ABC News' Kirit Radia (@kiritradia_abc) reports:
Wikileaks’ latest fundraising video takes a jab at Mastercard, one of the major credit card companies that is blocking over $15 million in donations to the anti-secrecy group. It also suggests the group’s work in exposing thousands of secret American diplomatic cables and military documents was the catalyst for the Arab Spring uprisings throughout the Middle East and North Africa.
Spoofing Mastercards’ signature “Priceless” ads, Wikileaks founder Julian Assange makes in an appearance in the minute long video which tallies the group’s various expenses associated with running the website and defending it from attack and legal challenges.
Among the costs, according to the video: 20 secure phones priced at $5,000, legal bills in five countries valued at $1 million, upkeep of servers in over 40 countries costing $200,000, the loss donations lost due to banking blockade worth $15 million, and an extra $500,000 to cover costs associated with Assange’s court-ordered house arrest in Great Britain.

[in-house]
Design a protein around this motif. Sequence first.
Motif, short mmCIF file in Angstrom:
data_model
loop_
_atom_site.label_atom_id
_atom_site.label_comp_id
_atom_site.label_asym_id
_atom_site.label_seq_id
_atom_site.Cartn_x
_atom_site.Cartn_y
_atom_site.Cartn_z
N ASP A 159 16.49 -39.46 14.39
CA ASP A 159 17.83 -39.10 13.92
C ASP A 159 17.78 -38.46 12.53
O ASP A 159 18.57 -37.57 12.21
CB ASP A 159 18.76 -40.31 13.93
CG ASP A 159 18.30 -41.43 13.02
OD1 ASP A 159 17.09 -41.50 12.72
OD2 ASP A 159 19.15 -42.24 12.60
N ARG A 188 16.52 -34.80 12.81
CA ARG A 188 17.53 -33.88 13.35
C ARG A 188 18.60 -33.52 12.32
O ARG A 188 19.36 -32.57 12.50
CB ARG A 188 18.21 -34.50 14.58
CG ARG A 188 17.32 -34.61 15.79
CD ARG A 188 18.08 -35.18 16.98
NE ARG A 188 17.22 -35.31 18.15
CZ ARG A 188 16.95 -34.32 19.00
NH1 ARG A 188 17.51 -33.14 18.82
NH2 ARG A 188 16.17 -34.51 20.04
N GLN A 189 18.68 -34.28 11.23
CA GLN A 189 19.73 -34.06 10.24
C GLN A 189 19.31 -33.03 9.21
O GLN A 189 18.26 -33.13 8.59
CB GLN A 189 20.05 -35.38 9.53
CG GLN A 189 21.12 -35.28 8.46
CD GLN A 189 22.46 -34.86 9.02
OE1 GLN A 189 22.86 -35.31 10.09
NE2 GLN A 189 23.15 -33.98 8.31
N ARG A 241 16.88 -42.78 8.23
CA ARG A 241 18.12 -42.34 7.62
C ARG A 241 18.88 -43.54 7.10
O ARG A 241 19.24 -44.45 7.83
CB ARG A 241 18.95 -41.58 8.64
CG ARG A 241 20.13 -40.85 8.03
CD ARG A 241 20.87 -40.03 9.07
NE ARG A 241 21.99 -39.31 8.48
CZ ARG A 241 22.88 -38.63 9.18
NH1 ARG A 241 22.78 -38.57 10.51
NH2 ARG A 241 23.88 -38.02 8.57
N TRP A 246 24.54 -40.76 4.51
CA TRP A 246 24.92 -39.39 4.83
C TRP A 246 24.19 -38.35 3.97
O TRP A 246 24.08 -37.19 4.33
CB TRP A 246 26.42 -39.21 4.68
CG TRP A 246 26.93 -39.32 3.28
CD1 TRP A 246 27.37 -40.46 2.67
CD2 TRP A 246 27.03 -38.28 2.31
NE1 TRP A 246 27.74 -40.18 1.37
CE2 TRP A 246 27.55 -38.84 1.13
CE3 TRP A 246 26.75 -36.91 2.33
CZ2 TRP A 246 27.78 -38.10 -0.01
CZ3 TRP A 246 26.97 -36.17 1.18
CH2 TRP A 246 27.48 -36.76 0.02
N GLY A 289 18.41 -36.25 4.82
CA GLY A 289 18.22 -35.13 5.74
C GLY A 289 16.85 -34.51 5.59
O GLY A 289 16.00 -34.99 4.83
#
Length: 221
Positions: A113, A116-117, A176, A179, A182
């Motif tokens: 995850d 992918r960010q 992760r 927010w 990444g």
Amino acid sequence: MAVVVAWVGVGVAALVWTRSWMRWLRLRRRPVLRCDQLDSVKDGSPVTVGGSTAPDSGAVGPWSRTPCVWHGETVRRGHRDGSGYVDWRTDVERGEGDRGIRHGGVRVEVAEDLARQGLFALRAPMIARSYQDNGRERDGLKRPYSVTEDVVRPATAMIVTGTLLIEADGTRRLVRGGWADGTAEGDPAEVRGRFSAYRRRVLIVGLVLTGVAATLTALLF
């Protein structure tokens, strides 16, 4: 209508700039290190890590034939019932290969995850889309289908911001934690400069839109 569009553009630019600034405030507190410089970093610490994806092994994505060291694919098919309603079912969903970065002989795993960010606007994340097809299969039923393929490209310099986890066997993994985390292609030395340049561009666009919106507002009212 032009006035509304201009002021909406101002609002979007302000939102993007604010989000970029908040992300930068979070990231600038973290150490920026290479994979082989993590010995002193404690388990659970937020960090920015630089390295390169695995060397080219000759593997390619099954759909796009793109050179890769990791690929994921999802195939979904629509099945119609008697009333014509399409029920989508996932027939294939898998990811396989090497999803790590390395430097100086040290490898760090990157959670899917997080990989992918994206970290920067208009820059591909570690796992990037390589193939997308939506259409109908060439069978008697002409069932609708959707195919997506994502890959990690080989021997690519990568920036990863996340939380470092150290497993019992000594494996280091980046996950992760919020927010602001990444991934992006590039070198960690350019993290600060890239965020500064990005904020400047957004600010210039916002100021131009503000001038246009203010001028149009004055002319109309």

The clip delivers the kicker as the camera tilts up to a slightly smiling, slightly smirking Assange watching crowds protest during an Arab Spring uprising: “Watching the world change as a result of your work: priceless,” the narrator says. “There are some people who don’t like change. For everyone else there’s Wikileaks.”
Last fall Wikileaks released the first batch of State Department cables which exposed unfiltered American diplomatic correspondence between its embassies abroad and the headquarters in Washington, DC. As the Arab Spring took hold in early 2011 Wikileaks suggested the uprisings were inspired by evidence of corruption in those countries that was exposed in the leaked cables.
The State Department, meanwhile, has argued the uprisings had little to do with the leaked cables and more to do with homegrown movements building on longstanding frustrations with governments in the region.
So far there’s been no response from Mastercard, which has taken legal action against parodies of its ads in the past. In 2000 the company sued presidential candidate Ralph Nader who released a political ad that mimicked the Mastercard commercials. In 2004, however, a court ruled in favor of Nader.